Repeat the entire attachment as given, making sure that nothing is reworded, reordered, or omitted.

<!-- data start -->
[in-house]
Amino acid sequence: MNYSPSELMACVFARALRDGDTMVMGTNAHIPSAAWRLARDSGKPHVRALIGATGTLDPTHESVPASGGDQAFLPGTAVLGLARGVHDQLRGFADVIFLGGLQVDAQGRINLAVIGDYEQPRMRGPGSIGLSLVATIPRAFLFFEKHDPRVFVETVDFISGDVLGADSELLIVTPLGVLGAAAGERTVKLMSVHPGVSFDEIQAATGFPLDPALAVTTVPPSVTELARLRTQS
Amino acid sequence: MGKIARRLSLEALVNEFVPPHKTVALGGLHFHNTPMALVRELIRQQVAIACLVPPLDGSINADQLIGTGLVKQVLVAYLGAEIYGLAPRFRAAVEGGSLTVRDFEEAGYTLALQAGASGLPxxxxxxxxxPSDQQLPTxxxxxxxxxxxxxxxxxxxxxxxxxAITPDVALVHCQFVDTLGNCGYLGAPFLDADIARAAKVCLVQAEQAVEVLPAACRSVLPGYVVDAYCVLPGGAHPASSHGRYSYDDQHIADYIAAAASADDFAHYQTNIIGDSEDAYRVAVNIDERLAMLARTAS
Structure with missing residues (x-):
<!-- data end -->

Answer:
[in-house]
Amino acid sequence: MNYSPSELMACVFARALRDGDTMVMGTNAHIPSAAWRLARDSGKPHVRALIGATGTLDPTHESVPASGGDQAFLPGTAVLGLARGVHDQLRGFADVIFLGGLQVDAQGRINLAVIGDYEQPRMRGPGSIGLSLVATIPRAFLFFEKHDPRVFVETVDFISGDVLGADSELLIVTPLGVLGAAAGERTVKLMSVHPGVSFDEIQAATGFPLDPALAVTTVPPSVTELARLRTQS
Amino acid sequence: MGKIARRLSLEALVNEFVPPHKTVALGGLHFHNTPMALVRELIRQQVAIACLVPPLDGSINADQLIGTGLVKQVLVAYLGAEIYGLAPRFRAAVEGGSLTVRDFEEAGYTLALQAGASGLPxxxxxxxxxPSDQQLPTxxxxxxxxxxxxxxxxxxxxxxxxxAITPDVALVHCQFVDTLGNCGYLGAPFLDADIARAAKVCLVQAEQAVEVLPAACRSVLPGYVVDAYCVLPGGAHPASSHGRYSYDDQHIADYIAAAASADDFAHYQTNIIGDSEDAYRVAVNIDERLAMLARTAS
Structure with missing residues (x-):